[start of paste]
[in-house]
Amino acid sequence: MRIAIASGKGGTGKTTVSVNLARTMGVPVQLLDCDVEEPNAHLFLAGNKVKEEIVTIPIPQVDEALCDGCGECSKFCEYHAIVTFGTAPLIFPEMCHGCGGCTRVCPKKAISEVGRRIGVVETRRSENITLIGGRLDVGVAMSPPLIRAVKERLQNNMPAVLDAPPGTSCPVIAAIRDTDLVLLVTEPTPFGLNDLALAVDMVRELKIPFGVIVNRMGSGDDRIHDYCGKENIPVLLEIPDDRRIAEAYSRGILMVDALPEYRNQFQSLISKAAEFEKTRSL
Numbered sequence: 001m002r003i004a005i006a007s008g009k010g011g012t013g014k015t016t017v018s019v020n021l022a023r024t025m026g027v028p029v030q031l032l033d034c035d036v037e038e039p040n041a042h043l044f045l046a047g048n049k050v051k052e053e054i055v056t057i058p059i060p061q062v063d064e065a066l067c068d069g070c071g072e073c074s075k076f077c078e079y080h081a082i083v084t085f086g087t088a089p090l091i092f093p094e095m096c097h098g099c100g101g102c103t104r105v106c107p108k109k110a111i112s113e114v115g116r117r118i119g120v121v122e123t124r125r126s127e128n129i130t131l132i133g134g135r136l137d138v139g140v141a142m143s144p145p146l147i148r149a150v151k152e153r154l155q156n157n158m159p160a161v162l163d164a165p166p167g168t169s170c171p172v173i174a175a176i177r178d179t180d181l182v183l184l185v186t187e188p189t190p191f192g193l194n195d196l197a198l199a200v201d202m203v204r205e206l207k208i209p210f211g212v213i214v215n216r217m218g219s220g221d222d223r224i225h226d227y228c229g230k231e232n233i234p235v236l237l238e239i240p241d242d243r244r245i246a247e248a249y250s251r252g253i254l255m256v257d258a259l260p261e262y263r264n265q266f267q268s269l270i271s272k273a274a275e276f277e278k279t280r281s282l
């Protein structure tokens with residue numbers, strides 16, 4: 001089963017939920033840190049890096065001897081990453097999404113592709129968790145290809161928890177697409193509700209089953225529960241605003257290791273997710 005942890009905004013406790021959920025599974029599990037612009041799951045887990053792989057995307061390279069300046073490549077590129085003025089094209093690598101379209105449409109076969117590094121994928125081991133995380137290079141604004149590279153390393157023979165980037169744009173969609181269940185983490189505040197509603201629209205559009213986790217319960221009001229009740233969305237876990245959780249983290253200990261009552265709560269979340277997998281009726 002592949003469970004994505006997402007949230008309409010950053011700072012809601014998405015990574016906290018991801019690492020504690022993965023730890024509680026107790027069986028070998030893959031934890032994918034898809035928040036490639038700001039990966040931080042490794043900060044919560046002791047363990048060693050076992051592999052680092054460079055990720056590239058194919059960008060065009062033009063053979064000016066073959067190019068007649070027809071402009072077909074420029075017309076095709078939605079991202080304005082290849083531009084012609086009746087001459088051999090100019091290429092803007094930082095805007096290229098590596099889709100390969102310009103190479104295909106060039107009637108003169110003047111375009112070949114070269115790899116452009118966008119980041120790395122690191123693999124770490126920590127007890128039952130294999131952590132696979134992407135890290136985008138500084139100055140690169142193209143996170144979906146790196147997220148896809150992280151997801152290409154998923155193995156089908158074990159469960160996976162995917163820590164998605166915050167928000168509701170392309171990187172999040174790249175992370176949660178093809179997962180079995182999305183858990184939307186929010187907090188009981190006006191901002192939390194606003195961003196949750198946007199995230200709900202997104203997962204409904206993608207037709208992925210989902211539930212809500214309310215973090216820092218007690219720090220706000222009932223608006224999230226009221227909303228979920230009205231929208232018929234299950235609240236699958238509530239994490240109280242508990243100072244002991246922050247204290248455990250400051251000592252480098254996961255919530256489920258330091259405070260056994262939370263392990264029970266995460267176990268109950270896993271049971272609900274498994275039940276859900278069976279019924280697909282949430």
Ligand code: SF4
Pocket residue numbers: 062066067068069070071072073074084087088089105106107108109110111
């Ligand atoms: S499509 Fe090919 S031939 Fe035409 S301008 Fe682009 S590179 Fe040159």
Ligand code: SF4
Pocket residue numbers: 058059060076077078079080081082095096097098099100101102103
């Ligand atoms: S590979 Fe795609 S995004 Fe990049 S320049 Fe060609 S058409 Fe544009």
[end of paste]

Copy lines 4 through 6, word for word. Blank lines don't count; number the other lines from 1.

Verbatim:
């Protein structure tokens with residue numbers, strides 16, 4: 001089963017939920033840190049890096065001897081990453097999404113592709129968790145290809161928890177697409193509700209089953225529960241605003257290791273997710 005942890009905004013406790021959920025599974029599990037612009041799951045887990053792989057995307061390279069300046073490549077590129085003025089094209093690598101379209105449409109076969117590094121994928125081991133995380137290079141604004149590279153390393157023979165980037169744009173969609181269940185983490189505040197509603201629209205559009213986790217319960221009001229009740233969305237876990245959780249983290253200990261009552265709560269979340277997998281009726 002592949003469970004994505006997402007949230008309409010950053011700072012809601014998405015990574016906290018991801019690492020504690022993965023730890024509680026107790027069986028070998030893959031934890032994918034898809035928040036490639038700001039990966040931080042490794043900060044919560046002791047363990048060693050076992051592999052680092054460079055990720056590239058194919059960008060065009062033009063053979064000016066073959067190019068007649070027809071402009072077909074420029075017309076095709078939605079991202080304005082290849083531009084012609086009746087001459088051999090100019091290429092803007094930082095805007096290229098590596099889709100390969102310009103190479104295909106060039107009637108003169110003047111375009112070949114070269115790899116452009118966008119980041120790395122690191123693999124770490126920590127007890128039952130294999131952590132696979134992407135890290136985008138500084139100055140690169142193209143996170144979906146790196147997220148896809150992280151997801152290409154998923155193995156089908158074990159469960160996976162995917163820590164998605166915050167928000168509701170392309171990187172999040174790249175992370176949660178093809179997962180079995182999305183858990184939307186929010187907090188009981190006006191901002192939390194606003195961003196949750198946007199995230200709900202997104203997962204409904206993608207037709208992925210989902211539930212809500214309310215973090216820092218007690219720090220706000222009932223608006224999230226009221227909303228979920230009205231929208232018929234299950235609240236699958238509530239994490240109280242508990243100072244002991246922050247204290248455990250400051251000592252480098254996961255919530256489920258330091259405070260056994262939370263392990264029970266995460267176990268109950270896993271049971272609900274498994275039940276859900278069976279019924280697909282949430």
Ligand code: SF4
Pocket residue numbers: 062066067068069070071072073074084087088089105106107108109110111